Tuesday, July 21, 2015

Only now does it occur to me... IRRECONCILABLE DIFFERENCES

Only now does it occur to me...  that before she appeared in the unintentionally comic period Western THE QUICK AND THE DEAD, Sharon Stone was in an intentionally comedic film-within-a-film musical version of GONE WITH THE WIND that is well worth your time:

In all, IRRECONCILABLE DIFFERENCES is a pretty typical but watchable late 70s/early 80s "epic dysfunctional relationship dramedy" (see also: MODERN ROMANCE, HEARTBURN, ANNIE HALL, OLD BOYFRIENDS, et al.) with an added twist of a frame story that depicts a daughter divorcing her self-centered parents.  Things get weirder when you factor in that Drew Barrymore (a demonstrably neglected child in real life) is playing a neglected child and Ryan O'Neal (a demonstrably terrible father in real life) is playing a terrible father––though, oddly enough they apparently got along famously on set, with Drew writing "Ryan kept my sanity... he was very fatherly," in her memoir LITTLE GIRL LOST.

Anyway, the true gem of the film is the preceding Sharon Stone clip, which comes from a scene where Ryan O'Neal (playing a film director) is making a disastrously overbudget GONE WITH THE WIND-inspired musical called ATLANTA, in what appears to be a reference to the box office belly-flop of HEAVEN'S GATE.  Enjoy.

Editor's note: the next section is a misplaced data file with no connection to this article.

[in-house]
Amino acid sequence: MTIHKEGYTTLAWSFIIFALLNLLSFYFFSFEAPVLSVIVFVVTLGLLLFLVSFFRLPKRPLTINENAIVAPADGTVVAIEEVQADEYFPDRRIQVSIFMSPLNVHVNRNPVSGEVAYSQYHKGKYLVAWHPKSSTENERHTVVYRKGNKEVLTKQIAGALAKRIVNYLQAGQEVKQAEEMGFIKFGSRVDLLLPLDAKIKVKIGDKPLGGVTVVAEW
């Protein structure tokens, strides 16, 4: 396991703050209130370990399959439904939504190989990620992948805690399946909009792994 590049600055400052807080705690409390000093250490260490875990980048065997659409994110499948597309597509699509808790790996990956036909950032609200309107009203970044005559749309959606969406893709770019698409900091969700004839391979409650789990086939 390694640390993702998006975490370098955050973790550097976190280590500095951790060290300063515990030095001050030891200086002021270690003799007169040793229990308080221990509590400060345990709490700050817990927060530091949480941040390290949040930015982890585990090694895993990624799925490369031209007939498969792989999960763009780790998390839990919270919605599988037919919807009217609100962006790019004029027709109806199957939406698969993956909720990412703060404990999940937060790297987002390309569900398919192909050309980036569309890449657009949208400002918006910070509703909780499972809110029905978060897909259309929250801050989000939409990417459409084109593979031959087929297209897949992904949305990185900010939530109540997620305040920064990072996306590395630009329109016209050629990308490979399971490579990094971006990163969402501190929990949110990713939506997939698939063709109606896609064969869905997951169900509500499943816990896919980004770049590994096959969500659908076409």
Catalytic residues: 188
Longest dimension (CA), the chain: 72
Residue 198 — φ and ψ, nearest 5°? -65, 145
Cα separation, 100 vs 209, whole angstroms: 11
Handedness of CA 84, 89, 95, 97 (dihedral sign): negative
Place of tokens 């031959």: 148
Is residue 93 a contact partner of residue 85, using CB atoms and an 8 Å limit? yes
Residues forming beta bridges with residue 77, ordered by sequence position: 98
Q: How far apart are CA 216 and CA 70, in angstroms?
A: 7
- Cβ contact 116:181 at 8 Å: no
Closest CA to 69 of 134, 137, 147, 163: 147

J.D. Lafrance said...

Wow, good observations! That's pretty wild. I haven't seen this film since... geez, probably when it first came out on home video but I still remember how sad the trailers were for it and how Drew Barrymore managed to illcit sympathy even for that short amount of time.

Sean Gill said...


Thanks, bud! I ended up hearing of it for the first time after my girlfriend had me read the aforementioned LITTLE GIRL LOST (a super-quick, often depressing, but shockingly fascinating read, and one which (much to my relief) bolsters the reputations of Steven Spielberg and Stephen King as being some of the best surrogate showbiz dads ever). Lionsgate semi-recently packaged the DVD in something called "The Lost Collection," purporting to be the best forgotten 80s movies (other flicks range from the lovable MY BEST FRIEND IS A VAMPIRE to the execrable HOMER & EDDIE).